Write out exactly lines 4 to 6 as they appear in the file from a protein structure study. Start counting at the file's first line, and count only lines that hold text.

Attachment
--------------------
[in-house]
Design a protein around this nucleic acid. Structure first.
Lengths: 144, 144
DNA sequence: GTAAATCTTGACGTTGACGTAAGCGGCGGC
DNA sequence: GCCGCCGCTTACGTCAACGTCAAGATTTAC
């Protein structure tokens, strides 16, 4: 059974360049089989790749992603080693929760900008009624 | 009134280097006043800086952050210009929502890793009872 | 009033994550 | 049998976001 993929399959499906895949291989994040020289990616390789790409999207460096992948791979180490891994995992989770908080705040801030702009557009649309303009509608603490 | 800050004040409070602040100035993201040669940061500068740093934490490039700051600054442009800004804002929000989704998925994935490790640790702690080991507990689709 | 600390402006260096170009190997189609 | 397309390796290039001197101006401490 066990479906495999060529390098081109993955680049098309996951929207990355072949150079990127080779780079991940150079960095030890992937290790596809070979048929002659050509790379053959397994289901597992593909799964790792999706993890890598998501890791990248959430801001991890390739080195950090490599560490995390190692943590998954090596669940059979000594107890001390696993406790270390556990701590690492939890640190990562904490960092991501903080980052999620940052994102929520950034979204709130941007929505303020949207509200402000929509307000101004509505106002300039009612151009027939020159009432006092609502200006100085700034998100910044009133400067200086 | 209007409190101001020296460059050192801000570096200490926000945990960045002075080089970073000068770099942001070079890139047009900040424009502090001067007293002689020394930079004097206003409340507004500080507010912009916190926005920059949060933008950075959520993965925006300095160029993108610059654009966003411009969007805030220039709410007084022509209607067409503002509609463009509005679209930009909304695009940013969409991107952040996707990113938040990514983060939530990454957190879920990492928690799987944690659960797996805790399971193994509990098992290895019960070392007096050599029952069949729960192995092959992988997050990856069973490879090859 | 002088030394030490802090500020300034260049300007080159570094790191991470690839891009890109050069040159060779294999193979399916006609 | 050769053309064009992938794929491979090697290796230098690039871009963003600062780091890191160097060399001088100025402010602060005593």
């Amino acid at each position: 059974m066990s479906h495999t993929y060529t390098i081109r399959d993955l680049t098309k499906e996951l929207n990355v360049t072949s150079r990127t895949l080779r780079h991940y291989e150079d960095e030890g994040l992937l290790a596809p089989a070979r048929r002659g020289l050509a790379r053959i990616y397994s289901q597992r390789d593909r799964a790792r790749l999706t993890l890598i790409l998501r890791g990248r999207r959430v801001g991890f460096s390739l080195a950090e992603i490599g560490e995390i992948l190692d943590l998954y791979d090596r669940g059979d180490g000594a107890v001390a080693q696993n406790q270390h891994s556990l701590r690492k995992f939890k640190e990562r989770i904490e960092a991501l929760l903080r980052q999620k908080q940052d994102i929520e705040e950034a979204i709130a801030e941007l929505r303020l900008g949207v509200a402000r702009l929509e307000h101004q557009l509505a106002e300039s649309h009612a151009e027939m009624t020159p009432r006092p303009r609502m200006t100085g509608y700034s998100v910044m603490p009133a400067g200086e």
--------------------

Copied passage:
DNA sequence: GTAAATCTTGACGTTGACGTAAGCGGCGGC
DNA sequence: GCCGCCGCTTACGTCAACGTCAAGATTTAC
């Protein structure tokens, strides 16, 4: 059974360049089989790749992603080693929760900008009624 | 009134280097006043800086952050210009929502890793009872 | 009033994550 | 049998976001 993929399959499906895949291989994040020289990616390789790409999207460096992948791979180490891994995992989770908080705040801030702009557009649309303009509608603490 | 800050004040409070602040100035993201040669940061500068740093934490490039700051600054442009800004804002929000989704998925994935490790640790702690080991507990689709 | 600390402006260096170009190997189609 | 397309390796290039001197101006401490 066990479906495999060529390098081109993955680049098309996951929207990355072949150079990127080779780079991940150079960095030890992937290790596809070979048929002659050509790379053959397994289901597992593909799964790792999706993890890598998501890791990248959430801001991890390739080195950090490599560490995390190692943590998954090596669940059979000594107890001390696993406790270390556990701590690492939890640190990562904490960092991501903080980052999620940052994102929520950034979204709130941007929505303020949207509200402000929509307000101004509505106002300039009612151009027939020159009432006092609502200006100085700034998100910044009133400067200086 | 209007409190101001020296460059050192801000570096200490926000945990960045002075080089970073000068770099942001070079890139047009900040424009502090001067007293002689020394930079004097206003409340507004500080507010912009916190926005920059949060933008950075959520993965925006300095160029993108610059654009966003411009969007805030220039709410007084022509209607067409503002509609463009509005679209930009909304695009940013969409991107952040996707990113938040990514983060939530990454957190879920990492928690799987944690659960797996805790399971193994509990098992290895019960070392007096050599029952069949729960192995092959992988997050990856069973490879090859 | 002088030394030490802090500020300034260049300007080159570094790191991470690839891009890109050069040159060779294999193979399916006609 | 050769053309064009992938794929491979090697290796230098690039871009963003600062780091890191160097060399001088100025402010602060005593």